Natasha Bedingfield has difficulty writing a love song in the jumbled “These Words.”
Tumid drum machines, keyboards, and record scratching begin the single. Bedingfield adlibs “these words of mine, ah ah ah.” She says she’s a musician and it’s her identity. She decided to play with the chords D-E-F to create a song. It’s her responsibility to make the song, not anyone else’s. But she can’t concentrate. Her mind is drawing a blank on ideas and she could use some advice. (“Threw some chords together/The combination D-E-F/Is who I am, is what I do/No one’s gonna lay it down for you/Try to focus my attention/But I feel so A-D-D/I need some help, some inspiration/(But it’s not coming easily)/Whoah oh”)
In the pre-chorus, she aims to write something memorable which will be played on the radio long after she has faded into obscurity. Her trash can is filled with looseleaf paper with rejected song lyrics. (“Trying to find the magic/Trying to write a classic/Don’t you know, don’t you know, don’t you know?/Waste-bin full of paper/Clever rhymes, see you later.”)
In the chorus, she says her lyrics come from the heart. She decides to just say it: “I love you.” It’s the only way she knows how. (“These words are my own/From my heart flow/I love you, I love you, I love you, I love you/There’s no other way;/To better say/I love you, I love you.”)
To get some inspiration, she dug out some poetry books and read classic poems. She then opted to sample Lord Byron, Shelly, and Keats alongside a modern rap beat. However, it’s still not helping her. She can’t go the recording studio without having a song. However, her new romance has put pressure on her to write the perfect love song. (“Read some Byron, Shelly and Keats/Recited it over a hip-hop beat/I’m having trouble saying what I mean/With dead poets and drum machines/I know I had some studio time booked/But I couldn’t find a killer hook/Now you’ve gone & raised the bar right up/Nothing I write is ever good enough.”)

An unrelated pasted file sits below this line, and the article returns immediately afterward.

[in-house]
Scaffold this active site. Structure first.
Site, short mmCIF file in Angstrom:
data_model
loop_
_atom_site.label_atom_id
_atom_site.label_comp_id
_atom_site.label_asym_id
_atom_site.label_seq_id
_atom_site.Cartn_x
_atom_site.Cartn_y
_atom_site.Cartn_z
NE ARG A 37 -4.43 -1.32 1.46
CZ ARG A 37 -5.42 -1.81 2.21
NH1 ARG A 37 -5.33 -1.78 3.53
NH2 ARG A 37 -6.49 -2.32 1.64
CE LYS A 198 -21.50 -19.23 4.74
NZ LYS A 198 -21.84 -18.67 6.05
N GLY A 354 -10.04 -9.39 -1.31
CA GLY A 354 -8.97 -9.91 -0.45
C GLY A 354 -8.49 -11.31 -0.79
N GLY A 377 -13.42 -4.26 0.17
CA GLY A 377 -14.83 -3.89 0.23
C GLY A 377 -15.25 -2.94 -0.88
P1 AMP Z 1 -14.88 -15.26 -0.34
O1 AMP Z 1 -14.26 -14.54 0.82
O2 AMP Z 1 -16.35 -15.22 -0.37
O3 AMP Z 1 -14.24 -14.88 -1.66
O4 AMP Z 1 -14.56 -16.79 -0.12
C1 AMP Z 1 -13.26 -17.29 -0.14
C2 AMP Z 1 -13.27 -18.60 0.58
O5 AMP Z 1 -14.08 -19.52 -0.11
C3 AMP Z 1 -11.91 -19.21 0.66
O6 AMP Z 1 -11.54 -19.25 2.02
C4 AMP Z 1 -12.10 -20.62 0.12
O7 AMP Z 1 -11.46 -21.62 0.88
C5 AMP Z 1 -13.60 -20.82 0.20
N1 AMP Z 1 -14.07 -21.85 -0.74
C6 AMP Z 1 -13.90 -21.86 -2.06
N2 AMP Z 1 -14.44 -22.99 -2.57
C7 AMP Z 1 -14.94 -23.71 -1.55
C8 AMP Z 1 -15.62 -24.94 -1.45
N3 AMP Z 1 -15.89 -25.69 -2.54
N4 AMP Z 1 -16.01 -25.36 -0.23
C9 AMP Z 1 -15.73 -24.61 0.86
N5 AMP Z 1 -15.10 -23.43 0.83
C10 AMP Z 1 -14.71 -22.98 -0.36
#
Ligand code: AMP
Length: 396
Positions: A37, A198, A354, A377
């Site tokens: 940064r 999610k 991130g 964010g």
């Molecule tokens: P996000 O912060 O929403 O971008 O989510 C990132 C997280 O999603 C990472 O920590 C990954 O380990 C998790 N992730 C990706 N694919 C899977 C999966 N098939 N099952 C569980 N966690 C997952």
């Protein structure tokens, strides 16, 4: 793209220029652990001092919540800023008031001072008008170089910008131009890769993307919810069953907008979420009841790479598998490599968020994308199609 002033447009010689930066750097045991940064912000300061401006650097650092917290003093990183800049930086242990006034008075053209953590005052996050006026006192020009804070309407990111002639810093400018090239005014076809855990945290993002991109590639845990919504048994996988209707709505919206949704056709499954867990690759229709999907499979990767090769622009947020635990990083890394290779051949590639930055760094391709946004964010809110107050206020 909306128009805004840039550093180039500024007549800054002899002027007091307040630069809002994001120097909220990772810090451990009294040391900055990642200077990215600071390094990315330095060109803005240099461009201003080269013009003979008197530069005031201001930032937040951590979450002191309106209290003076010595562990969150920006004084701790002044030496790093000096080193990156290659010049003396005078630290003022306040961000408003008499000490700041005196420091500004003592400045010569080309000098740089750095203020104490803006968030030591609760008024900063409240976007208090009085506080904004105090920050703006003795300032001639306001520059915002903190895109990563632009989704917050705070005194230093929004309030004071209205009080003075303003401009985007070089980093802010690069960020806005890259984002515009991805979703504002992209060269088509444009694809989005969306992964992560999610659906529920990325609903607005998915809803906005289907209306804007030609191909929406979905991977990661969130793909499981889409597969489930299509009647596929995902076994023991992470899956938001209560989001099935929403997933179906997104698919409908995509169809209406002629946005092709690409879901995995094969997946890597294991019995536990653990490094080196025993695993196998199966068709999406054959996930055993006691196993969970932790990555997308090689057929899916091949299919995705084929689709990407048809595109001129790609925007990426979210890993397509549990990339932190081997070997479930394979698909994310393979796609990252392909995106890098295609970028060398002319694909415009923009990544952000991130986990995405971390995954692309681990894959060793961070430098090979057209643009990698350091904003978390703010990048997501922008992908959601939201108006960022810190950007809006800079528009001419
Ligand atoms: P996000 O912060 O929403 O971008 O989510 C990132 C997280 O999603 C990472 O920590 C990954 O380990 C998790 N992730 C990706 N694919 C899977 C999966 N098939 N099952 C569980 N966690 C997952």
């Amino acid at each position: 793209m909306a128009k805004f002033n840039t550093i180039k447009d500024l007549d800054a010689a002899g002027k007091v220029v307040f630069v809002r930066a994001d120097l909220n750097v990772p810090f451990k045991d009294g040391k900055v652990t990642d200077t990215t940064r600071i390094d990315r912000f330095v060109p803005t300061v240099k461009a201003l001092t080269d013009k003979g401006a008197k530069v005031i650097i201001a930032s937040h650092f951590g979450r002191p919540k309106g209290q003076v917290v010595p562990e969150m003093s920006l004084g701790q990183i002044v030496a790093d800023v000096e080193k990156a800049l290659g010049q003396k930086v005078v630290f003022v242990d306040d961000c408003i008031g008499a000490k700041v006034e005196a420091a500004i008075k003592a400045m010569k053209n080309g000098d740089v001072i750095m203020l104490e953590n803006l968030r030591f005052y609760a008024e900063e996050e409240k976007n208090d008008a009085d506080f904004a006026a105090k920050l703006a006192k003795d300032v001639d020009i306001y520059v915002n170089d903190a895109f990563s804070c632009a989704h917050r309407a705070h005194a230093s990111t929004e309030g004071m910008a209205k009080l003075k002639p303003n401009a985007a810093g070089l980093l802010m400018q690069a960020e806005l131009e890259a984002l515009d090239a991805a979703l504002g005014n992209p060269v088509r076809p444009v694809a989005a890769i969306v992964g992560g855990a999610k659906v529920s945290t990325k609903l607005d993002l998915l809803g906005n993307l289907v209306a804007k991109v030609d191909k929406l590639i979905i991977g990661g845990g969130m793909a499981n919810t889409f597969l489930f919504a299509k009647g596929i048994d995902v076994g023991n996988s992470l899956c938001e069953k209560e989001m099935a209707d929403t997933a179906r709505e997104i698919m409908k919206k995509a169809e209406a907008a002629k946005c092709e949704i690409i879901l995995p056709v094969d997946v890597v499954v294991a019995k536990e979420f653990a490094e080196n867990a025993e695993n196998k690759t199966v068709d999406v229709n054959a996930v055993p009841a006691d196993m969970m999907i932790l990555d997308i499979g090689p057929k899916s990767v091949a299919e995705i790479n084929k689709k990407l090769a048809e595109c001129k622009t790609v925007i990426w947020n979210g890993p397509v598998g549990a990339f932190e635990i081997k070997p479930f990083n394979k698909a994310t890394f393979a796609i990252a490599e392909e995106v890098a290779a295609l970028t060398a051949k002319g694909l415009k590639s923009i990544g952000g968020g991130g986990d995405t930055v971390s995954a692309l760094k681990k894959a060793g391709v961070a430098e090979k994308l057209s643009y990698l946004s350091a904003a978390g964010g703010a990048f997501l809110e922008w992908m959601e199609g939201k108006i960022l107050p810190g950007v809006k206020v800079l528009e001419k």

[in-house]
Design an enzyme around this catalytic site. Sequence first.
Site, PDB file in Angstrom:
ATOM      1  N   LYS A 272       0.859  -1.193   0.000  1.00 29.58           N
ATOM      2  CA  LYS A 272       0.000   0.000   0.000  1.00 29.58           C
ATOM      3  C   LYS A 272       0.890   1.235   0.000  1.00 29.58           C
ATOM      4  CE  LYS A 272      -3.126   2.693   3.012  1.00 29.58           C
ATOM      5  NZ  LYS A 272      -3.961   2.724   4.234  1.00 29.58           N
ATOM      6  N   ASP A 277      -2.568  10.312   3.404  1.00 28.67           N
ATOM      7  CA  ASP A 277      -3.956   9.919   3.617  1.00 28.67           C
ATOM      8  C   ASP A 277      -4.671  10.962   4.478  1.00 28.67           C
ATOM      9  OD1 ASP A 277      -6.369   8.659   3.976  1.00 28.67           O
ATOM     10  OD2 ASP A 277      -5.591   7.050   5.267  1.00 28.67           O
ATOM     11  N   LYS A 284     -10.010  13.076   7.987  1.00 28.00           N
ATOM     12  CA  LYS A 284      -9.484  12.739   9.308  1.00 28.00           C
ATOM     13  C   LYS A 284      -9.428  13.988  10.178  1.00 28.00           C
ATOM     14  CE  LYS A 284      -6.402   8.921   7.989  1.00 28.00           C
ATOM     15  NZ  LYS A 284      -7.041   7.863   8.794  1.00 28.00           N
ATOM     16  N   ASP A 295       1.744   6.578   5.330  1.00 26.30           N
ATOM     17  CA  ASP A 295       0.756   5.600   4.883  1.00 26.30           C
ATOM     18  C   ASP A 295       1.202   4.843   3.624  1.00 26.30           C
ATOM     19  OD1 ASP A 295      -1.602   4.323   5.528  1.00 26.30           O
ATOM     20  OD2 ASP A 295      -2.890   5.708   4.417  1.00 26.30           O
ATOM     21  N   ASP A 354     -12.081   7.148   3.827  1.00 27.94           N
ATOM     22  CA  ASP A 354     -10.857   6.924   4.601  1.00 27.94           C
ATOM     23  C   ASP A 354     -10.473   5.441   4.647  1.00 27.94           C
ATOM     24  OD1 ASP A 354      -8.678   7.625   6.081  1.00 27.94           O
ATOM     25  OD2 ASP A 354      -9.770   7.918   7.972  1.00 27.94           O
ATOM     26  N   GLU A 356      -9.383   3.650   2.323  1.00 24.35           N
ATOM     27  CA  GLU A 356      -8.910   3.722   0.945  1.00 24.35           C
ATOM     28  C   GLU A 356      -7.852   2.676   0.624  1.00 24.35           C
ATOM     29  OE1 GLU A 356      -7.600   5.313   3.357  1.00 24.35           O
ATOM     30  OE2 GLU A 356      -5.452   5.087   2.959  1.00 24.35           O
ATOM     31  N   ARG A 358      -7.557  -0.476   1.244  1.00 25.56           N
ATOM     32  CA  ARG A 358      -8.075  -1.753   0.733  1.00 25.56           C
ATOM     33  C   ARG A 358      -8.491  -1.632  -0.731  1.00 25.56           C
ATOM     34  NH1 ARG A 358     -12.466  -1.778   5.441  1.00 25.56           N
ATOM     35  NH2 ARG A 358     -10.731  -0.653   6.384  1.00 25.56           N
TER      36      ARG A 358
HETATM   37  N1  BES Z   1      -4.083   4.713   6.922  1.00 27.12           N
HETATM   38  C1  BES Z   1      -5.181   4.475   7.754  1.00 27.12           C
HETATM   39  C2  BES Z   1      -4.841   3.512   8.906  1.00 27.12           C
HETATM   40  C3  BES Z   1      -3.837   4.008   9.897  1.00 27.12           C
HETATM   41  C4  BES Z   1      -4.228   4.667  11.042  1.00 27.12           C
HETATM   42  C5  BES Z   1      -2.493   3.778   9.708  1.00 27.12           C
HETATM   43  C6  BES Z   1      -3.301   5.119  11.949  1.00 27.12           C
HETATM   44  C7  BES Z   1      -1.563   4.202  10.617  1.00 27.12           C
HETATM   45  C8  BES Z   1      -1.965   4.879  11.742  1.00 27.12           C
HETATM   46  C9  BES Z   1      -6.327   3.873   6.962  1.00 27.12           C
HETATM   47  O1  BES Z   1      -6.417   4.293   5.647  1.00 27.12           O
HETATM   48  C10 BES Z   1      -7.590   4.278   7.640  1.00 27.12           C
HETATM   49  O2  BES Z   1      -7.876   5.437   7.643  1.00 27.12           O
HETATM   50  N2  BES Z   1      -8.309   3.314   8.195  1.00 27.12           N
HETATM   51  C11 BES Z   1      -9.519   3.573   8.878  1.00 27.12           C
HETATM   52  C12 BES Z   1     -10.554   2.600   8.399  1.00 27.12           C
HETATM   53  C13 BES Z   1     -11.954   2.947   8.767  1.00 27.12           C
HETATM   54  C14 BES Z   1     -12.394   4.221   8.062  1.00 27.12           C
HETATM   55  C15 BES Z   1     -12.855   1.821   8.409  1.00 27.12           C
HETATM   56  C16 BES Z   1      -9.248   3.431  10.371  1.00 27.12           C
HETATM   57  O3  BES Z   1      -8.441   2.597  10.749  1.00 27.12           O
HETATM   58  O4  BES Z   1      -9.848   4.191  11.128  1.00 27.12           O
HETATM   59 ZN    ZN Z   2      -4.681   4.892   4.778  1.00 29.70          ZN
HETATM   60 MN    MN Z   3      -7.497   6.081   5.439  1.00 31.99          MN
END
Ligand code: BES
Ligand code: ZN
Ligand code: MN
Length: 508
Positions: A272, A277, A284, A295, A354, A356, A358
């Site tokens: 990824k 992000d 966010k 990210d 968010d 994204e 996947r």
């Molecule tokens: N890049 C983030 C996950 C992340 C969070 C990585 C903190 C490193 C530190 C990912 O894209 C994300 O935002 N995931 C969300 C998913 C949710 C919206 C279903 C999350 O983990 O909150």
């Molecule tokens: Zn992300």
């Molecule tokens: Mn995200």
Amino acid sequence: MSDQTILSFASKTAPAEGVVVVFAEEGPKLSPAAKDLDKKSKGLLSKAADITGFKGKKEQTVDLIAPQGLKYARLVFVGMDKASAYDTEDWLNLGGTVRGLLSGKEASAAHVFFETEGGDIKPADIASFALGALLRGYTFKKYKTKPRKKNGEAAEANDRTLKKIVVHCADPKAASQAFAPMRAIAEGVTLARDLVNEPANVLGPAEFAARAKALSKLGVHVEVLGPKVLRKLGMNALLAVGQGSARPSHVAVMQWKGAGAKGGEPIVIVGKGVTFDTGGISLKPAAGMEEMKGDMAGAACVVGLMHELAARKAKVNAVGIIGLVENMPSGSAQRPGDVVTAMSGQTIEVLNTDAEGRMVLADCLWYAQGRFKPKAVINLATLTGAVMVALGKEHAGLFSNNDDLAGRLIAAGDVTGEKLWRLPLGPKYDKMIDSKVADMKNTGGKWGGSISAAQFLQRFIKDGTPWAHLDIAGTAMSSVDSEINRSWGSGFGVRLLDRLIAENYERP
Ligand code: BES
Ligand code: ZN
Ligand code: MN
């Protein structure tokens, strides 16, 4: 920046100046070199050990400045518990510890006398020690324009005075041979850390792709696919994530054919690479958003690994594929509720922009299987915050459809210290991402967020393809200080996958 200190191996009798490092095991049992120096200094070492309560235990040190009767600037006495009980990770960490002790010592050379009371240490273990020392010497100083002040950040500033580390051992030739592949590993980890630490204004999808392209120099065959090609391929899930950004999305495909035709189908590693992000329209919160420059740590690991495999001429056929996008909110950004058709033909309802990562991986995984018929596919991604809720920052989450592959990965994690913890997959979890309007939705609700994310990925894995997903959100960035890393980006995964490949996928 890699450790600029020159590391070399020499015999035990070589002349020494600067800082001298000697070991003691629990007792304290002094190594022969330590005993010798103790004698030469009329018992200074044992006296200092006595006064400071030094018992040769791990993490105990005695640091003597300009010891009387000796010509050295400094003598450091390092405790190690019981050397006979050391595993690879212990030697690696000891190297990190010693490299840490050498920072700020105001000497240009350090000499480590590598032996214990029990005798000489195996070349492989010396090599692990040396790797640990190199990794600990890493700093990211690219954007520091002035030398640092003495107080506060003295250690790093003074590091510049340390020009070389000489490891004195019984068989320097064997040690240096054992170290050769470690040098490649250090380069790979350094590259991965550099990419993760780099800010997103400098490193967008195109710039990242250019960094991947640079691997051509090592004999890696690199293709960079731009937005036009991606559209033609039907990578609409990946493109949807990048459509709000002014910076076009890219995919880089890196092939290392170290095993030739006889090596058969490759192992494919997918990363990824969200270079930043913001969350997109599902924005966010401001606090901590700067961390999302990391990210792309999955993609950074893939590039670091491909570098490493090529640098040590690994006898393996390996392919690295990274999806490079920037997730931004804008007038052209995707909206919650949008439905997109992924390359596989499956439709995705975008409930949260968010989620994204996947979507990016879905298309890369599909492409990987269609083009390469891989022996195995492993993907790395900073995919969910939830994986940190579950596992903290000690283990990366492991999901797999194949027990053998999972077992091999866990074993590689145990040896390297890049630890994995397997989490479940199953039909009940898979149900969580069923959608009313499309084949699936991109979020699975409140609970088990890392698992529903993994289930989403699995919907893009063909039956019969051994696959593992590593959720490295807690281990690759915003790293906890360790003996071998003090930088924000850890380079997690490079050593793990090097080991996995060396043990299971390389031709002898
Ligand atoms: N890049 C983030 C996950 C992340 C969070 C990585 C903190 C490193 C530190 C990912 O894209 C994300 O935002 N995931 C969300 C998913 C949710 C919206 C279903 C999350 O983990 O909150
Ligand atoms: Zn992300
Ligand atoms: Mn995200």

In the bridge, she says she’s not to going use an elaborate gestures and metaphors to describe her feelings. She’s only going to say what she feels. (“I’m getting off my stage/The curtains pull away/No hyperbole to hide behind/My naked soul exposes/Whoah.. oh.. oh.. oh.. Whoah.. oh..”)
The chorus ends the single. However, Bedingfield adds if it’s all right if she only says “I love you” and not anything else. (“I love you/I love you…I love you, is that okay?”)
The dishevelled “These Words” is more about writing a single than it’s actual topic. Important information is omitted (who is the song about? why is she singing to it him?) Meanwhile unnecessary details (being the recording studio, not being able to write an imaginative hook.) are kept in. “These Words” should’ve gone into the trash can like the other songs she tried to write.